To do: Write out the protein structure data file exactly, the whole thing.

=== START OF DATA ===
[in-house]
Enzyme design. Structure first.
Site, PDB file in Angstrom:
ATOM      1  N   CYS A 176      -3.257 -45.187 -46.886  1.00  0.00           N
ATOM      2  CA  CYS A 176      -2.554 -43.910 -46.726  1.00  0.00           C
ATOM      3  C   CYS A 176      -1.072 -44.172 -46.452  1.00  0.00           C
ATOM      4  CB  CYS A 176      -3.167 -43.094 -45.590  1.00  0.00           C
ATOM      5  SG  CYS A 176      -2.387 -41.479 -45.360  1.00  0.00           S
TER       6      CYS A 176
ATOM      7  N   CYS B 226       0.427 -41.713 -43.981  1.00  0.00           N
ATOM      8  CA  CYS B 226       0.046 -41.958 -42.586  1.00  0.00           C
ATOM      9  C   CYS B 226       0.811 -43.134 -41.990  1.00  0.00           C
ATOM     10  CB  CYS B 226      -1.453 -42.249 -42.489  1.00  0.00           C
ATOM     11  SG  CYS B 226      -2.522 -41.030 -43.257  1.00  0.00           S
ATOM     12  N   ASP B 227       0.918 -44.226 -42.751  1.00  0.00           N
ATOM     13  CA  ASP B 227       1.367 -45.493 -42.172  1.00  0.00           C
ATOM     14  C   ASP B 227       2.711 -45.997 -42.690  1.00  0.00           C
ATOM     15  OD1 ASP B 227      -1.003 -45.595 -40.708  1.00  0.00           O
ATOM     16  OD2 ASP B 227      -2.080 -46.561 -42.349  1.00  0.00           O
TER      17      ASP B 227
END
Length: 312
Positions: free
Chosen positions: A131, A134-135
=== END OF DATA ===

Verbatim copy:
[in-house]
Enzyme design. Structure first.
Site, PDB file in Angstrom:
ATOM      1  N   CYS A 176      -3.257 -45.187 -46.886  1.00  0.00           N
ATOM      2  CA  CYS A 176      -2.554 -43.910 -46.726  1.00  0.00           C
ATOM      3  C   CYS A 176      -1.072 -44.172 -46.452  1.00  0.00           C
ATOM      4  CB  CYS A 176      -3.167 -43.094 -45.590  1.00  0.00           C
ATOM      5  SG  CYS A 176      -2.387 -41.479 -45.360  1.00  0.00           S
TER       6      CYS A 176
ATOM      7  N   CYS B 226       0.427 -41.713 -43.981  1.00  0.00           N
ATOM      8  CA  CYS B 226       0.046 -41.958 -42.586  1.00  0.00           C
ATOM      9  C   CYS B 226       0.811 -43.134 -41.990  1.00  0.00           C
ATOM     10  CB  CYS B 226      -1.453 -42.249 -42.489  1.00  0.00           C
ATOM     11  SG  CYS B 226      -2.522 -41.030 -43.257  1.00  0.00           S
ATOM     12  N   ASP B 227       0.918 -44.226 -42.751  1.00  0.00           N
ATOM     13  CA  ASP B 227       1.367 -45.493 -42.172  1.00  0.00           C
ATOM     14  C   ASP B 227       2.711 -45.997 -42.690  1.00  0.00           C
ATOM     15  OD1 ASP B 227      -1.003 -45.595 -40.708  1.00  0.00           O
ATOM     16  OD2 ASP B 227      -2.080 -46.561 -42.349  1.00  0.00           O
TER      17      ASP B 227
END
Length: 312
Positions: free
Chosen positions: A131, A134-135